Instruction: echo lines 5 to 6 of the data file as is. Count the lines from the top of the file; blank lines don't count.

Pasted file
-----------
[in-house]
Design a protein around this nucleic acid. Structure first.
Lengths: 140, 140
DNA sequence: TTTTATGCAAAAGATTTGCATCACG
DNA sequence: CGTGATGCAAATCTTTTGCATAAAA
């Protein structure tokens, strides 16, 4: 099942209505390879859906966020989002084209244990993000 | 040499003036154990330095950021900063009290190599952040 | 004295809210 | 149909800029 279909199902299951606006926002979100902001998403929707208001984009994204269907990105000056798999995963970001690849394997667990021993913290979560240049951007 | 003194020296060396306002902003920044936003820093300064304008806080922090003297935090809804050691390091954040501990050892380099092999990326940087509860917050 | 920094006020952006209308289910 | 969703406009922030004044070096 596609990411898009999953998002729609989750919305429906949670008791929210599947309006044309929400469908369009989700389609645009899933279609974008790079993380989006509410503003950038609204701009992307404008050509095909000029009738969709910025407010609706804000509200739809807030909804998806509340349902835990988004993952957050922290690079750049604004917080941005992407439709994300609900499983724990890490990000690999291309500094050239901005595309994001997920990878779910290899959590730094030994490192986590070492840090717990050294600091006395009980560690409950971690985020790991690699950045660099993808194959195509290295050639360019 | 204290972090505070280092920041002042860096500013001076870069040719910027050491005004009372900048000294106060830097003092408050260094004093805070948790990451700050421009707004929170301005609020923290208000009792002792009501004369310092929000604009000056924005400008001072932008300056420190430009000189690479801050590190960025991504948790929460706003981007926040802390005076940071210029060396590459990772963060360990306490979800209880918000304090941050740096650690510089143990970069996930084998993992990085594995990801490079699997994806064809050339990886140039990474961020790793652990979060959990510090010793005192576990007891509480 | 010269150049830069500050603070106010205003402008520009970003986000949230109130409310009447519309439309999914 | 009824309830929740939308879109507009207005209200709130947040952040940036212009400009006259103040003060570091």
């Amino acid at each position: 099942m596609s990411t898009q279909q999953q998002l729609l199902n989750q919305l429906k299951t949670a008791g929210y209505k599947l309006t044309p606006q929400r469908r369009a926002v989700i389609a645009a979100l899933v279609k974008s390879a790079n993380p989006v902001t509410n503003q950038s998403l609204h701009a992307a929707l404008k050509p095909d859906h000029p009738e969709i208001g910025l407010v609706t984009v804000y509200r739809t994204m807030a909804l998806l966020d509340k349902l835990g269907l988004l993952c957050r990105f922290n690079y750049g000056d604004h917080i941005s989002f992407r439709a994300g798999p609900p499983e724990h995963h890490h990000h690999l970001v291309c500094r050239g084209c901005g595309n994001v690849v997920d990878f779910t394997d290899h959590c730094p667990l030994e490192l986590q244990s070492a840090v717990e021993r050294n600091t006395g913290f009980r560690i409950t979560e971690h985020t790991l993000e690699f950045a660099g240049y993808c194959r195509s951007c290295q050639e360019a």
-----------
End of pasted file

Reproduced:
DNA sequence: CGTGATGCAAATCTTTTGCATAAAA
């Protein structure tokens, strides 16, 4: 099942209505390879859906966020989002084209244990993000 | 040499003036154990330095950021900063009290190599952040 | 004295809210 | 149909800029 279909199902299951606006926002979100902001998403929707208001984009994204269907990105000056798999995963970001690849394997667990021993913290979560240049951007 | 003194020296060396306002902003920044936003820093300064304008806080922090003297935090809804050691390091954040501990050892380099092999990326940087509860917050 | 920094006020952006209308289910 | 969703406009922030004044070096 596609990411898009999953998002729609989750919305429906949670008791929210599947309006044309929400469908369009989700389609645009899933279609974008790079993380989006509410503003950038609204701009992307404008050509095909000029009738969709910025407010609706804000509200739809807030909804998806509340349902835990988004993952957050922290690079750049604004917080941005992407439709994300609900499983724990890490990000690999291309500094050239901005595309994001997920990878779910290899959590730094030994490192986590070492840090717990050294600091006395009980560690409950971690985020790991690699950045660099993808194959195509290295050639360019 | 204290972090505070280092920041002042860096500013001076870069040719910027050491005004009372900048000294106060830097003092408050260094004093805070948790990451700050421009707004929170301005609020923290208000009792002792009501004369310092929000604009000056924005400008001072932008300056420190430009000189690479801050590190960025991504948790929460706003981007926040802390005076940071210029060396590459990772963060360990306490979800209880918000304090941050740096650690510089143990970069996930084998993992990085594995990801490079699997994806064809050339990886140039990474961020790793652990979060959990510090010793005192576990007891509480 | 010269150049830069500050603070106010205003402008520009970003986000949230109130409310009447519309439309999914 | 009824309830929740939308879109507009207005209200709130947040952040940036212009400009006259103040003060570091």